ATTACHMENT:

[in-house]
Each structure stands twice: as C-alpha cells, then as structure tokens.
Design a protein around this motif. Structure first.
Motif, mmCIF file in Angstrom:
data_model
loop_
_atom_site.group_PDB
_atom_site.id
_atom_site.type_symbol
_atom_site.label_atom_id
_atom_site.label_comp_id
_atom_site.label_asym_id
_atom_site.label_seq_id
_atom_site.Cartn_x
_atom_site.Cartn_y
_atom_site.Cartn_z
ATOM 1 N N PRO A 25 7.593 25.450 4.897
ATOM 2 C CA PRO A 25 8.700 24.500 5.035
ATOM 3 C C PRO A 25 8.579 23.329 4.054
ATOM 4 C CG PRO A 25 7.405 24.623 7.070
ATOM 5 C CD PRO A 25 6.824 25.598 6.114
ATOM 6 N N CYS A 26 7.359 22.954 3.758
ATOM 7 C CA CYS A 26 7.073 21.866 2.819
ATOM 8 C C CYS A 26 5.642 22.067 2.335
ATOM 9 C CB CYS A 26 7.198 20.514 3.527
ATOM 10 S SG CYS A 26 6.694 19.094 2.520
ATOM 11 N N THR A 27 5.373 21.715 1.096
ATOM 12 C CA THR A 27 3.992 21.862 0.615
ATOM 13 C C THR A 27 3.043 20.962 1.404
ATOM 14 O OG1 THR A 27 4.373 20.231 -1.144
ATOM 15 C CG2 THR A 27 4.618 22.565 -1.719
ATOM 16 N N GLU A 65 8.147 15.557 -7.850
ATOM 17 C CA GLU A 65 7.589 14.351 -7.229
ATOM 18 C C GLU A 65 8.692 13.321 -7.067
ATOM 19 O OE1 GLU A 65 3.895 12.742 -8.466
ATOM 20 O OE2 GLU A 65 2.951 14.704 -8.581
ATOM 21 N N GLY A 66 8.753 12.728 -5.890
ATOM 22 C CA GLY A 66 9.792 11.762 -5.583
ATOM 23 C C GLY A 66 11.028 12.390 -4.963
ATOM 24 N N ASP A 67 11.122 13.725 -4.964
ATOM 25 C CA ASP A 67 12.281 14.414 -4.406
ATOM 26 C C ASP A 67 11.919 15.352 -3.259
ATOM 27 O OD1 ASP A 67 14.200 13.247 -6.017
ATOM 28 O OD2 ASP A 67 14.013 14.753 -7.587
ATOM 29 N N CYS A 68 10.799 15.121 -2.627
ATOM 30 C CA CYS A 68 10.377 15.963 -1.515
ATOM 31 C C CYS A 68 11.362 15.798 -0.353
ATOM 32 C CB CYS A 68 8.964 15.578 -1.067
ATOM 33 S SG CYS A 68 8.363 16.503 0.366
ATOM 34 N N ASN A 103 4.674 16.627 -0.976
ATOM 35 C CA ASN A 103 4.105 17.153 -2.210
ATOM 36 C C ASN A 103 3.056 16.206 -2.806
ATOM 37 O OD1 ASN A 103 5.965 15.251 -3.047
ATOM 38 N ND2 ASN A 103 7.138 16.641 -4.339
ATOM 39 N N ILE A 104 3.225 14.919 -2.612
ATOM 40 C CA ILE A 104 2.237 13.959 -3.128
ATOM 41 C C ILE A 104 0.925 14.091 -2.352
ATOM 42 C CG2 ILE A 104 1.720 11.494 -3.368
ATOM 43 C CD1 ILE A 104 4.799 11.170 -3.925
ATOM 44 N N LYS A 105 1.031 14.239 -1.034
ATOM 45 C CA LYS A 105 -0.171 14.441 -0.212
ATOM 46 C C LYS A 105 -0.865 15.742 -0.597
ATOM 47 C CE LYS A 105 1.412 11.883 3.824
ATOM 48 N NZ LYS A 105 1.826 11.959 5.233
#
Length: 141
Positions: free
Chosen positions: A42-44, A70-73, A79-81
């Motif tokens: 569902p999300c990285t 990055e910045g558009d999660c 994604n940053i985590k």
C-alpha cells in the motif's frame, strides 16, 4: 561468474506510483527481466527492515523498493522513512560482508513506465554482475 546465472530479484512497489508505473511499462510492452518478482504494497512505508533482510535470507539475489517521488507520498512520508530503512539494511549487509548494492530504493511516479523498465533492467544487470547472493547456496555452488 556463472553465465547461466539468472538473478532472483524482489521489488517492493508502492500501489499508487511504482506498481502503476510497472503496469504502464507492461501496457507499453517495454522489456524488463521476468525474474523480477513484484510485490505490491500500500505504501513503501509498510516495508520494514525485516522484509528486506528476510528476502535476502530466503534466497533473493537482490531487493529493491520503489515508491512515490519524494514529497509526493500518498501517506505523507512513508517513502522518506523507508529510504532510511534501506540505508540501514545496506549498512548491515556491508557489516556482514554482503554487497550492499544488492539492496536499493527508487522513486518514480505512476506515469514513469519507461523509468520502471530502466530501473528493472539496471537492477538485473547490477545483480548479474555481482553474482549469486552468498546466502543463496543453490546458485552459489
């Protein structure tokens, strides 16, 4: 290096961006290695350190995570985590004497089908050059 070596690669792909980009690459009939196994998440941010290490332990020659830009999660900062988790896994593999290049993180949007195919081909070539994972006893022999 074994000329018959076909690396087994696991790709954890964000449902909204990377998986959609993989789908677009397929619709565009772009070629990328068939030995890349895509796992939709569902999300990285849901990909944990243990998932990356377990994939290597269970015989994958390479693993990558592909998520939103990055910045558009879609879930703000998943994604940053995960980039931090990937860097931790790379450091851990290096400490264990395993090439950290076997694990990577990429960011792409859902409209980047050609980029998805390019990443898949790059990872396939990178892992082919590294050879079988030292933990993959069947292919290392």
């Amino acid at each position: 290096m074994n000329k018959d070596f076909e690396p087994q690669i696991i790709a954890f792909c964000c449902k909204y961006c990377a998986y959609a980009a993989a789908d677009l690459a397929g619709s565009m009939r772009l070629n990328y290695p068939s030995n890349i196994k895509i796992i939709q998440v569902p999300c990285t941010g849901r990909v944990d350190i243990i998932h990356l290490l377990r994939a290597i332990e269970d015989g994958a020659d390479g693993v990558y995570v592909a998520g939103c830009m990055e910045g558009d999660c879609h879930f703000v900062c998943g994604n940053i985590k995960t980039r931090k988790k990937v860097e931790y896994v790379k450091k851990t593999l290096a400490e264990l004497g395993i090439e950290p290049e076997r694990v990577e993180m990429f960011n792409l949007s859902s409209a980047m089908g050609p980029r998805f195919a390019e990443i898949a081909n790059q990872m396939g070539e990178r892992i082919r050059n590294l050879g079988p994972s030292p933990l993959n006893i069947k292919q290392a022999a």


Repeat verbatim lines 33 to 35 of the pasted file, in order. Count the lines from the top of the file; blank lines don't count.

ATOM 17 C CA GLU A 65 7.589 14.351 -7.229
ATOM 18 C C GLU A 65 8.692 13.321 -7.067
ATOM 19 O OE1 GLU A 65 3.895 12.742 -8.466